import numpy as np

numpy_array = np.array([[1, 2], [3, 4.]])

tensor = torch.from_numpy(numpy_array)

re_numpy_array = tensor.numpy()
[[1. 2.]
 [3. 4.]]

tensor([[1., 2.],
        [3., 4.]], dtype=torch.float64)

[[1. 2.]
 [3. 4.]]

Tensor Operations

Torch tensors can easily be manipulated and there are various options to perform mathematical operations on them. For example, we can do something like this:

x = torch.tensor(3.)
w = torch.tensor(4.)
b = torch.tensor(5.)

res = w*x + b

There are also the different syntax of these operations that you can use. For example, if you want to add two tensors there are several options that will give the same results:

x = torch.rand(2, 3)
y = torch.rand(2, 3)

result1 = x + y
result2 = torch.add(x, y)

tensor([[1.8197, 1.0063, 1.8231],
        [0.2407, 1.0290, 0.8837]])
tensor([[1.8197, 1.0063, 1.8231],
        [0.2407, 1.0290, 0.8837]])

Apart from this, you can reshape tensors using view function:

tensor = torch.randn(3, 3)
reshaped = tensor.view(9)

print(tensor, tensor.size())
print(reshaped, reshaped.size())
tensor([[-0.4982,  1.0700,  1.0479],
        [-0.2169,  0.0897,  0.2885],
        [ 1.3385,  0.0141, -2.3748]]) torch.Size([3, 3])
tensor([-0.4982,  1.0700,  1.0479, -0.2169,  0.0897,  0.2885,  1.3385,  0.0141,
        -2.3748]) torch.Size([9])

Finally, it is important to mention that you can index tensors just like you would index NumPy arrays:

tensor = torch.randn(3, 3)
print(tensor[:, 1])
tensor([ 1.0461, -0.7462,  0.0028])

There are many other functions that you can do with PyTorch tensors, but for start, these will get you going.


Another core concept of Pytorch is the notion of gradients. They are located in torch.autograd package. In essence, this package performs automatic differentiation and it is define-by-run. This means that backpropagation is defined by how your code is run. In order to utilize this functionality, all you have to do is set PyTorch tensor attribute .requires_grad as True. This will signal PyTorch to record all operations performed on that tensor. Once the computation or some interaction is finished, you can call function .backward() and have all the gradients computed automatically. The gradient for each tensor is stored into .grad attribute of the class. Here is an example. First, let’s create 3×3 tensor:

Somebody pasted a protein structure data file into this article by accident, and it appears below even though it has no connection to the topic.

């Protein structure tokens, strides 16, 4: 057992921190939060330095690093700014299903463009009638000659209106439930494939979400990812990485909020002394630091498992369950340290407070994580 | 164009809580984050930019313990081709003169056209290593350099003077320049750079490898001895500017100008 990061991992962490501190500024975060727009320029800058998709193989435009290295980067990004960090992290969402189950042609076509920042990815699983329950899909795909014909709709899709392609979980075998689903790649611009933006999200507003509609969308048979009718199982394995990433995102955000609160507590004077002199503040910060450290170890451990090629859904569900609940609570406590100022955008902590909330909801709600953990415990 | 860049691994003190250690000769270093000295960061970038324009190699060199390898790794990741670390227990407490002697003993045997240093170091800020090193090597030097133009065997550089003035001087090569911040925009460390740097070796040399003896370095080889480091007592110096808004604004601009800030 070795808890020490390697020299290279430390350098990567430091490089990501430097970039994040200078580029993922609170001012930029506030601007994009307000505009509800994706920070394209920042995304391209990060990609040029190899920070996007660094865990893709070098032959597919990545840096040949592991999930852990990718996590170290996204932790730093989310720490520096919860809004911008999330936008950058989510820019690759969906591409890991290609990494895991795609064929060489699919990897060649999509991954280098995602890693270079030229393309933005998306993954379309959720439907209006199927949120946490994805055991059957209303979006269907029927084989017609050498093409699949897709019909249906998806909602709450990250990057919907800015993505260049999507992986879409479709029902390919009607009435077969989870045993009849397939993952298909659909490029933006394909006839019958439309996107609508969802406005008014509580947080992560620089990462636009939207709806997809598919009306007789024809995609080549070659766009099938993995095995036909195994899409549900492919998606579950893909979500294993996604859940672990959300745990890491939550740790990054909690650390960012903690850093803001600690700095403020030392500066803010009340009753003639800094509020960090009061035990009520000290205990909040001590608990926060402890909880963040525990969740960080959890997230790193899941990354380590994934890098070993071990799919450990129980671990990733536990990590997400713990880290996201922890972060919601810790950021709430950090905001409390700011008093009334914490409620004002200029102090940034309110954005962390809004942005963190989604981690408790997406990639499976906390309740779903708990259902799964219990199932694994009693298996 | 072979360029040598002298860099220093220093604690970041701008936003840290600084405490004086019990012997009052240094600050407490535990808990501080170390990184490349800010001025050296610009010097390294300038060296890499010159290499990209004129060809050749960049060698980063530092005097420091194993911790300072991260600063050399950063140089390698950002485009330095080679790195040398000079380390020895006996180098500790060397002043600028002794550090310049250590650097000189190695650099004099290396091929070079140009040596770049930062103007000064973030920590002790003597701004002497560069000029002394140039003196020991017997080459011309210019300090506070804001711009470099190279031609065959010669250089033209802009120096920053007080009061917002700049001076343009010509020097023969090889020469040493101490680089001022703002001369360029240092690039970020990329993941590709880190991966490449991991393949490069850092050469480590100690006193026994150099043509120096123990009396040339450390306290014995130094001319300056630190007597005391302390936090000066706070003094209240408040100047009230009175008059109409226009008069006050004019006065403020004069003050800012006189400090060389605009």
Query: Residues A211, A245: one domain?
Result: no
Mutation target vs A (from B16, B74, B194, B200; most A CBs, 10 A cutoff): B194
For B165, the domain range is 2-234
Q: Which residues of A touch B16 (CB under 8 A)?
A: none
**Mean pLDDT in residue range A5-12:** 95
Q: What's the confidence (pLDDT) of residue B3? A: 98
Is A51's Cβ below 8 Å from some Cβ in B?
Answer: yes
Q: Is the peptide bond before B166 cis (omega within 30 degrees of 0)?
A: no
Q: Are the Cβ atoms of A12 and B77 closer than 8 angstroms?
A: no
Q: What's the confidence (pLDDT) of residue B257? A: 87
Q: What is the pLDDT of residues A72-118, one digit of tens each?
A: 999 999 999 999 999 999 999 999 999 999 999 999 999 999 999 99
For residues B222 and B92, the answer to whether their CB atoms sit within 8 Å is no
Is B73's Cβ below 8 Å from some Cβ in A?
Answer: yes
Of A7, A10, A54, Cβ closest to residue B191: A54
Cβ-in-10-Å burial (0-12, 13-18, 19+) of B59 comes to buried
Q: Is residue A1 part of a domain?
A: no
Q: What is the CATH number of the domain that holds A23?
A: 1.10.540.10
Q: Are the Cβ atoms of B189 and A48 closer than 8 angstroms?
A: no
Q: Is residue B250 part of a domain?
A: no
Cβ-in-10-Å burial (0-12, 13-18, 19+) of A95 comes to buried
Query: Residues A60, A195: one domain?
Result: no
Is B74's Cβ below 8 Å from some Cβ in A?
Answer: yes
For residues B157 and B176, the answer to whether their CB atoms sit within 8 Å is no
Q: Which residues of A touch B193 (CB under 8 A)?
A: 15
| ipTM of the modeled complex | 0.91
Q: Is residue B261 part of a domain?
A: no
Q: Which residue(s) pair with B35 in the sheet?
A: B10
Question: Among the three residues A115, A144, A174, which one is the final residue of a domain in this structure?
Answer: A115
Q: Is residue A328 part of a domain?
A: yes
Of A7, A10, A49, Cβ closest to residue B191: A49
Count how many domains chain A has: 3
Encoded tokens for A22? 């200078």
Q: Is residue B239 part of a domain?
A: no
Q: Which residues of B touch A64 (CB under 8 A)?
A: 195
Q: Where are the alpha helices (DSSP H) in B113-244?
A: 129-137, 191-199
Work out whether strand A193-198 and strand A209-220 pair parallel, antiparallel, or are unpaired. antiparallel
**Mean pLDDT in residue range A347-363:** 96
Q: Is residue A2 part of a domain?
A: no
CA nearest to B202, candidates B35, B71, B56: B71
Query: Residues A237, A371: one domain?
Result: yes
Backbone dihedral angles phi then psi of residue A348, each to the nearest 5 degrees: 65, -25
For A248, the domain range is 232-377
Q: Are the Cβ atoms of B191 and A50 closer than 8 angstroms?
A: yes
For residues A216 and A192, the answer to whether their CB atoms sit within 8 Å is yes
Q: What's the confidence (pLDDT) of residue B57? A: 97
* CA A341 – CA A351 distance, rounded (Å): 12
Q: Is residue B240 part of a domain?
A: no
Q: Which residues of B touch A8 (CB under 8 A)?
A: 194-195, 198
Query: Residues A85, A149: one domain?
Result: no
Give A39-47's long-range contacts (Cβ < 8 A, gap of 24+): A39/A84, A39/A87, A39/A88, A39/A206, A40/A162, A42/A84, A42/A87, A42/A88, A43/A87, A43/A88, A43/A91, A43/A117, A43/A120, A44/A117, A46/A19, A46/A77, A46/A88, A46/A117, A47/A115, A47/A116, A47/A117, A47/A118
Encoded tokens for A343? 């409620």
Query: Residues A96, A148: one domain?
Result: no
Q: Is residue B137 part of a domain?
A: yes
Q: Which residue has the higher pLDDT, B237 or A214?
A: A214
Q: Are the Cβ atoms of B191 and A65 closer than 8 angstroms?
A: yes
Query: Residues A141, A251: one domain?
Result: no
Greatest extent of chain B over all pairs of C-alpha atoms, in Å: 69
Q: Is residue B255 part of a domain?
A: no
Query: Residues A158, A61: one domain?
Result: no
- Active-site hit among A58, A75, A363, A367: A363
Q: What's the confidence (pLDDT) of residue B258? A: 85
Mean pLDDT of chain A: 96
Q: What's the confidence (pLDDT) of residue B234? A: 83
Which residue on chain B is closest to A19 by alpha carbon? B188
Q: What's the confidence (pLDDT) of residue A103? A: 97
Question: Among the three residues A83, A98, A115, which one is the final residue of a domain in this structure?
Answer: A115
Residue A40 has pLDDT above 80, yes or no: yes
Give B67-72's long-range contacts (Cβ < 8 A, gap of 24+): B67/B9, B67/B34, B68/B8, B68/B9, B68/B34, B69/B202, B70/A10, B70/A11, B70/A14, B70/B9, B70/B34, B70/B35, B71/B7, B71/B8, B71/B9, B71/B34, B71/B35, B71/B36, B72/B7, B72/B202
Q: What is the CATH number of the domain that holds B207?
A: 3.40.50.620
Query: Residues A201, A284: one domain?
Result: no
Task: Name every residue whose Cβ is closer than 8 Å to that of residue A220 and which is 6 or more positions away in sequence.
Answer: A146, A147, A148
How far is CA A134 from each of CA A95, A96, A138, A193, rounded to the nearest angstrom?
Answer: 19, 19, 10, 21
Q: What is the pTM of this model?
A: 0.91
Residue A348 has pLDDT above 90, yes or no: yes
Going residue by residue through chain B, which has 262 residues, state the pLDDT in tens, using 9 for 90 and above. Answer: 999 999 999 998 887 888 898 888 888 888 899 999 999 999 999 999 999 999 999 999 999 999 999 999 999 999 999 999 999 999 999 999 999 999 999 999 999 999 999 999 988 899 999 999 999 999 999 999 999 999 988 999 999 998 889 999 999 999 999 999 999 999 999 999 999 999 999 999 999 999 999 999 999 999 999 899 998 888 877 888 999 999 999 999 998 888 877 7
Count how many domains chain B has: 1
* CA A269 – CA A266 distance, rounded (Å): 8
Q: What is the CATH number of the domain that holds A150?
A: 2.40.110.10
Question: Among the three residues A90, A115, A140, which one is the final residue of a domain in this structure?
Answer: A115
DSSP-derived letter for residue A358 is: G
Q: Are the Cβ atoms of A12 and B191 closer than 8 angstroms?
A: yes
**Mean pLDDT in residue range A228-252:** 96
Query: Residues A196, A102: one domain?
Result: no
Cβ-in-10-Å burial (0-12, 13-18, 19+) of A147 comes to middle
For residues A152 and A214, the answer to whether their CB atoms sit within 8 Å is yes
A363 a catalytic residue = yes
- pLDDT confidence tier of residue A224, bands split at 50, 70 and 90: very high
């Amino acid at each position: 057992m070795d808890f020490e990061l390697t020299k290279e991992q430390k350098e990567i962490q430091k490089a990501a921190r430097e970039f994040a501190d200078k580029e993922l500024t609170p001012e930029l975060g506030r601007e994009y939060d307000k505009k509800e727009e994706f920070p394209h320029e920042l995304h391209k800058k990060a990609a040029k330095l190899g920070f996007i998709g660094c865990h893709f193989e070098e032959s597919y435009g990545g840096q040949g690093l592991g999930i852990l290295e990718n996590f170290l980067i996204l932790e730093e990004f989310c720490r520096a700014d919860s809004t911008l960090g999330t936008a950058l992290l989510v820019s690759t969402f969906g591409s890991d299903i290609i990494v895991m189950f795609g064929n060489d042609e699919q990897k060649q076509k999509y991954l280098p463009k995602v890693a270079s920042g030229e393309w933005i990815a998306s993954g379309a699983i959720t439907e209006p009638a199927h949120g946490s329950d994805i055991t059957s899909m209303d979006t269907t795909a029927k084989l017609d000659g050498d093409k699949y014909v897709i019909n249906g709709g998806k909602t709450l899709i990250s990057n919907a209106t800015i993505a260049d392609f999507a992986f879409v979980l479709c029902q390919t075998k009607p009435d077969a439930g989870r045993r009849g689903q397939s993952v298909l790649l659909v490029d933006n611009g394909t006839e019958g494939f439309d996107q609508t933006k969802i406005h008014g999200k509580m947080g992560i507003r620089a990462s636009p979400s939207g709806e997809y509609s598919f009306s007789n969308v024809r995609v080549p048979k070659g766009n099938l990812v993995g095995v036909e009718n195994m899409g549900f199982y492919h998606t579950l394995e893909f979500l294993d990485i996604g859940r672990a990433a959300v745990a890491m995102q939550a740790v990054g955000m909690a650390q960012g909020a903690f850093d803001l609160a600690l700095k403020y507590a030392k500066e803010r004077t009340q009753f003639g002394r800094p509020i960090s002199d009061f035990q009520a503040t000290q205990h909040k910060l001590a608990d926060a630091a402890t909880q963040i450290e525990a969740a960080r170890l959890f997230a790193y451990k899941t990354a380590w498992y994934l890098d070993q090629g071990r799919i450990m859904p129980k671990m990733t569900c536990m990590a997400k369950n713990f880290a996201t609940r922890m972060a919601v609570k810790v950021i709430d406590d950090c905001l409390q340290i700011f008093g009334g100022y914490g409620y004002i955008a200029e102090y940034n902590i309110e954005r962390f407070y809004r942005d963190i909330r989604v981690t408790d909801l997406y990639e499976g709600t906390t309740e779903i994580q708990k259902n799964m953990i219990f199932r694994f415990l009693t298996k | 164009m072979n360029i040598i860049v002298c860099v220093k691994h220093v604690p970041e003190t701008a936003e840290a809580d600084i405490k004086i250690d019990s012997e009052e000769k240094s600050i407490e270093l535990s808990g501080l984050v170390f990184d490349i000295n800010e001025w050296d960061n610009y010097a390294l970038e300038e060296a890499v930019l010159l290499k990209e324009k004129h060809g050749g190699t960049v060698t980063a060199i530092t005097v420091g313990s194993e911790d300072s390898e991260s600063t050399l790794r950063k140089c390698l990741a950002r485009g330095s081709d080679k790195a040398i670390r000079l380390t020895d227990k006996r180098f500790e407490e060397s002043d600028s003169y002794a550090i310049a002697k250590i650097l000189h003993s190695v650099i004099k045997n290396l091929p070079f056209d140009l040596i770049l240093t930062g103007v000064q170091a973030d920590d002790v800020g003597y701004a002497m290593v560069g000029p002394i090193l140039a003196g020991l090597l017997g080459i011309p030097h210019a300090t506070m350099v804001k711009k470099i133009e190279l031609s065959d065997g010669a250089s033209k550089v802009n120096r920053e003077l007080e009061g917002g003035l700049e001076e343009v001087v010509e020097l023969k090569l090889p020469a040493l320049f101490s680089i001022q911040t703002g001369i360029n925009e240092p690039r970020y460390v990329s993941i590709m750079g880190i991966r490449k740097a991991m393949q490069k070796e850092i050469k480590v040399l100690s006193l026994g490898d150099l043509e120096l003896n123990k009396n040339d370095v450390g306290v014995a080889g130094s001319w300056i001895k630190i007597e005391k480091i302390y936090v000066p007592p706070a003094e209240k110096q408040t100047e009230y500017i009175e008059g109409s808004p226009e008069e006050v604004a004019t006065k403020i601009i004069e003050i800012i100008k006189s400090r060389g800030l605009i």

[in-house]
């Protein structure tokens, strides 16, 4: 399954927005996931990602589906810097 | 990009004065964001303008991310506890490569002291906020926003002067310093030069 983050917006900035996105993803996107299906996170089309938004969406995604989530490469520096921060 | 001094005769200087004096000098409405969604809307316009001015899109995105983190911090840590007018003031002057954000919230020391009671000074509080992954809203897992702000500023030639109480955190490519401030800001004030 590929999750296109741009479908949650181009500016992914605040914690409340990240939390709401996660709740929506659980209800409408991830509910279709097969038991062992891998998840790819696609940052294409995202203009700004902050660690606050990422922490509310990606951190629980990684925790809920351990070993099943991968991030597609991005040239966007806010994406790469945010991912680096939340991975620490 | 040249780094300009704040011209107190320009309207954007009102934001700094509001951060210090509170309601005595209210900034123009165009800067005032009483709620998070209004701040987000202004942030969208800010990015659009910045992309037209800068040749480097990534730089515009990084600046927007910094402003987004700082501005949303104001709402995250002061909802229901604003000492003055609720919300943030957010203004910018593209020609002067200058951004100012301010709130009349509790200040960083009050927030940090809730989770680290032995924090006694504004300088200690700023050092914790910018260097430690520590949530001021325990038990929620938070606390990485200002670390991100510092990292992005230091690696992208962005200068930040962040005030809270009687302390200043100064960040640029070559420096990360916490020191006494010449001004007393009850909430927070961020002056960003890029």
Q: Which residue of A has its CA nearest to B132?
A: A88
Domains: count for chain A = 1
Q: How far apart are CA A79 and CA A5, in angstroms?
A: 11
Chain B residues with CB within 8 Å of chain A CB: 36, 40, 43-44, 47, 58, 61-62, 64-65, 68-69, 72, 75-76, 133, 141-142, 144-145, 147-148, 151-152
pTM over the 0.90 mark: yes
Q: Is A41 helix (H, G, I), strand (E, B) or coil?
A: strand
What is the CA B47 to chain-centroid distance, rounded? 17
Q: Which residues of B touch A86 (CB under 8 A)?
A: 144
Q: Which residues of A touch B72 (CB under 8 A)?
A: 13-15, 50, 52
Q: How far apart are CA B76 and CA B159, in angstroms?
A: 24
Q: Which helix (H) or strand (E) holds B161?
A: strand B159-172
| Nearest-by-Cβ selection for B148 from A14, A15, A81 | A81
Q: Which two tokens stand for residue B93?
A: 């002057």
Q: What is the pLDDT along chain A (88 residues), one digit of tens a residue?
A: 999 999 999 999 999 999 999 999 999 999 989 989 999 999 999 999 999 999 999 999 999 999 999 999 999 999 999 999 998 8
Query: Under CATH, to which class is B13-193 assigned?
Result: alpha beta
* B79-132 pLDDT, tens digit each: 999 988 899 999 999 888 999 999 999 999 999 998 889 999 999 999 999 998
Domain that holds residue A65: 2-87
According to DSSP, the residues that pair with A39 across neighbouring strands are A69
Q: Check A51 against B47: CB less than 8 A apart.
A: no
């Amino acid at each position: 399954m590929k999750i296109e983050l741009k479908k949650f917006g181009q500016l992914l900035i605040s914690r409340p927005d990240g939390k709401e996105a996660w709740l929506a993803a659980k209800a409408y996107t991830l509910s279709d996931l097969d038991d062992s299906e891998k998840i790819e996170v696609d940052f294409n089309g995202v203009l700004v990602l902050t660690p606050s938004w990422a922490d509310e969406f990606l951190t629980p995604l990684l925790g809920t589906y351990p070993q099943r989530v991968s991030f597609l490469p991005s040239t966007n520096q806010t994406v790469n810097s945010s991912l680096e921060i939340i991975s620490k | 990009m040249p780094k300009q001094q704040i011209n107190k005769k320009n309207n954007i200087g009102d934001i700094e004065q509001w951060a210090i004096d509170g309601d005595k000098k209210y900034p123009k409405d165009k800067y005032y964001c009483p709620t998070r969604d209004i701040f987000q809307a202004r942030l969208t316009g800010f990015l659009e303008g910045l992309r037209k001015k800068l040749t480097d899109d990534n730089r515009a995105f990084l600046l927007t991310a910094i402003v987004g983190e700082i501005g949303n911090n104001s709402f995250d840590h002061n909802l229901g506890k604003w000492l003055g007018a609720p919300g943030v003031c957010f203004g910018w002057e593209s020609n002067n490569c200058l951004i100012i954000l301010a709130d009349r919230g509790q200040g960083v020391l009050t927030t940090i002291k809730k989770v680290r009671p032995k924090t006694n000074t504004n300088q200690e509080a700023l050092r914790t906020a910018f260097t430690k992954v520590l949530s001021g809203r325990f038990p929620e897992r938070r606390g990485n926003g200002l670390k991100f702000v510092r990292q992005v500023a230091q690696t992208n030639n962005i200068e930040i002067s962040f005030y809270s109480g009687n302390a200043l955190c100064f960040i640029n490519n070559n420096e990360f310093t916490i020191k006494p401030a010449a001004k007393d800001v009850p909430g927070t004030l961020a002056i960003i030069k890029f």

tensor = torch.randn(3, 3)
print(tensor[:, 1])
tensor([[1., 1., 1.],
        [1., 1., 1.],
        [1., 1., 1.]], requires_grad=True)

Then let’s add a scalar to it:

increased = tensor + 2
tensor([[3., 3., 3.],
        [3., 3., 3.],
        [3., 3., 3.]], grad_fn=<AddBackward0>)

Note that grad attribute is now filled and that performed operations are recorded. This means that we can perform some more operations and calculate gradients and print them out:

temp = increased * increased * 3
output = temp.mean()

tensor([[4., 4., 4.],
        [4., 4., 4.],
        [4., 4., 4.]])

Linear Regression

Ok, this should be enough PyTorch background to help us implement Linear Regression. Linear Regression is one of the foundational algorithms of machine learning. It attempts to model the relationship between two variables by fitting a linear equation to observed data. In our example, we have multiple variables, which means that we will implement Multiple Linear Regression. Note that we are not following strict definitions here, and we are using some techniques that are more used in deep learning than in standard machine learning. This is because PyTorch is a primarily deep learning framework and in the next several articles we will use it to develop neural networks. Anyhow, Linear Regression can be described by the formula:

Where is the input vector (presented as x1, x2, …, xn) and y is the output target. The goal of Linear regression is to predict correct weights vector w and bias b that will for new values for input x give correct values for output y. Linear regression learns these values during the training process where and x values are known (supervised learning). Here is the dataset that we use for this example:

So, we have five regions with three input values: the average temperature in Fahrenheit, average rainfall in mm, and average humidity in %. As the output, we have two values, crop yields for raspberry and blueberry. The goal is to create the linear regression model that will from the given data be able to learn to predict correct crop yields. Technically our linear regression formula looks something like this:

Ok, so let’s implement Linear Regression from scratch. First, we need to define input and output data and create PyTorch tensors from them: